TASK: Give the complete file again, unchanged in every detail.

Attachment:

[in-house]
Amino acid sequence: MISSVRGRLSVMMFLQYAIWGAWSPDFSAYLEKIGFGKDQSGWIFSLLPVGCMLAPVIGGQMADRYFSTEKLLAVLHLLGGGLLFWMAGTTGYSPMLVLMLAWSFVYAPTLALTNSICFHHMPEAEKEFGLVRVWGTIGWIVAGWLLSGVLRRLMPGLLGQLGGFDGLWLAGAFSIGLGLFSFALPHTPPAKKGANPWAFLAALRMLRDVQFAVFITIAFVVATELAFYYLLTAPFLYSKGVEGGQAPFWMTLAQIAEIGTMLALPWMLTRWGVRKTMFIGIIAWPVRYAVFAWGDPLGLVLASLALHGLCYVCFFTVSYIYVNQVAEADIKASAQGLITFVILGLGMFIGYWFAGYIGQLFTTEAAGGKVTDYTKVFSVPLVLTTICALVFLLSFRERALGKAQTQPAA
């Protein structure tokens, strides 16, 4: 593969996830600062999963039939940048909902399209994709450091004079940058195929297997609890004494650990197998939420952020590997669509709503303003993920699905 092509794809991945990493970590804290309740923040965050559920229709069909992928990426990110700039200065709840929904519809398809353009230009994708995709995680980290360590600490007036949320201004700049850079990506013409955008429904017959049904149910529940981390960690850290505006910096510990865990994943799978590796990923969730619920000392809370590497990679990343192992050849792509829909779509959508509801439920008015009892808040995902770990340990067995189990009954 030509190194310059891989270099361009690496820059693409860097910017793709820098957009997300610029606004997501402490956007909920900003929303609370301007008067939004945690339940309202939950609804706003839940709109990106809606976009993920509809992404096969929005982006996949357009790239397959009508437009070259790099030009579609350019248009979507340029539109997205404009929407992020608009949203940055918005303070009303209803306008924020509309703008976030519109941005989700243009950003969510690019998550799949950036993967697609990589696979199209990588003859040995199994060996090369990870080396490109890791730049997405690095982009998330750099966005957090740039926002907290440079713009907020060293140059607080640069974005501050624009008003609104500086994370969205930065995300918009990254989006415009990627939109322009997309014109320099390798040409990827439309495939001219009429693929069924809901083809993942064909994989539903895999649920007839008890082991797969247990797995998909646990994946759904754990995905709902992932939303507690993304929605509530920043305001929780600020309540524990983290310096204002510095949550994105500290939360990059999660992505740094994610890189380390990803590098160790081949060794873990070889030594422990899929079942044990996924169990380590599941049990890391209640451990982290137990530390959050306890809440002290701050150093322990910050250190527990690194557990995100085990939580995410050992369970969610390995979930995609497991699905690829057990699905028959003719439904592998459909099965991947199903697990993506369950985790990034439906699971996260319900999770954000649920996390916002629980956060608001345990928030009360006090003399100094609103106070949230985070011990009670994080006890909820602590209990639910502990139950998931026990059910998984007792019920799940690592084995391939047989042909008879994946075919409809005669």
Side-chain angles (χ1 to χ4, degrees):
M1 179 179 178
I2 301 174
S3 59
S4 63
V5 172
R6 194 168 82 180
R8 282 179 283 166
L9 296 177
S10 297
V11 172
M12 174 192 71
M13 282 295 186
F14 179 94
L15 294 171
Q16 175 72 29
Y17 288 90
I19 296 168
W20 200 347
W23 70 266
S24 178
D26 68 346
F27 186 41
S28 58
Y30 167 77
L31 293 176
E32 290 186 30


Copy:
[in-house]
Amino acid sequence: MISSVRGRLSVMMFLQYAIWGAWSPDFSAYLEKIGFGKDQSGWIFSLLPVGCMLAPVIGGQMADRYFSTEKLLAVLHLLGGGLLFWMAGTTGYSPMLVLMLAWSFVYAPTLALTNSICFHHMPEAEKEFGLVRVWGTIGWIVAGWLLSGVLRRLMPGLLGQLGGFDGLWLAGAFSIGLGLFSFALPHTPPAKKGANPWAFLAALRMLRDVQFAVFITIAFVVATELAFYYLLTAPFLYSKGVEGGQAPFWMTLAQIAEIGTMLALPWMLTRWGVRKTMFIGIIAWPVRYAVFAWGDPLGLVLASLALHGLCYVCFFTVSYIYVNQVAEADIKASAQGLITFVILGLGMFIGYWFAGYIGQLFTTEAAGGKVTDYTKVFSVPLVLTTICALVFLLSFRERALGKAQTQPAA
């Protein structure tokens, strides 16, 4: 593969996830600062999963039939940048909902399209994709450091004079940058195929297997609890004494650990197998939420952020590997669509709503303003993920699905 092509794809991945990493970590804290309740923040965050559920229709069909992928990426990110700039200065709840929904519809398809353009230009994708995709995680980290360590600490007036949320201004700049850079990506013409955008429904017959049904149910529940981390960690850290505006910096510990865990994943799978590796990923969730619920000392809370590497990679990343192992050849792509829909779509959508509801439920008015009892808040995902770990340990067995189990009954 030509190194310059891989270099361009690496820059693409860097910017793709820098957009997300610029606004997501402490956007909920900003929303609370301007008067939004945690339940309202939950609804706003839940709109990106809606976009993920509809992404096969929005982006996949357009790239397959009508437009070259790099030009579609350019248009979507340029539109997205404009929407992020608009949203940055918005303070009303209803306008924020509309703008976030519109941005989700243009950003969510690019998550799949950036993967697609990589696979199209990588003859040995199994060996090369990870080396490109890791730049997405690095982009998330750099966005957090740039926002907290440079713009907020060293140059607080640069974005501050624009008003609104500086994370969205930065995300918009990254989006415009990627939109322009997309014109320099390798040409990827439309495939001219009429693929069924809901083809993942064909994989539903895999649920007839008890082991797969247990797995998909646990994946759904754990995905709902992932939303507690993304929605509530920043305001929780600020309540524990983290310096204002510095949550994105500290939360990059999660992505740094994610890189380390990803590098160790081949060794873990070889030594422990899929079942044990996924169990380590599941049990890391209640451990982290137990530390959050306890809440002290701050150093322990910050250190527990690194557990995100085990939580995410050992369970969610390995979930995609497991699905690829057990699905028959003719439904592998459909099965991947199903697990993506369950985790990034439906699971996260319900999770954000649920996390916002629980956060608001345990928030009360006090003399100094609103106070949230985070011990009670994080006890909820602590209990639910502990139950998931026990059910998984007792019920799940690592084995391939047989042909008879994946075919409809005669």
Side-chain angles (χ1 to χ4, degrees):
M1 179 179 178
I2 301 174
S3 59
S4 63
V5 172
R6 194 168 82 180
R8 282 179 283 166
L9 296 177
S10 297
V11 172
M12 174 192 71
M13 282 295 186
F14 179 94
L15 294 171
Q16 175 72 29
Y17 288 90
I19 296 168
W20 200 347
W23 70 266
S24 178
D26 68 346
F27 186 41
S28 58
Y30 167 77
L31 293 176
E32 290 186 30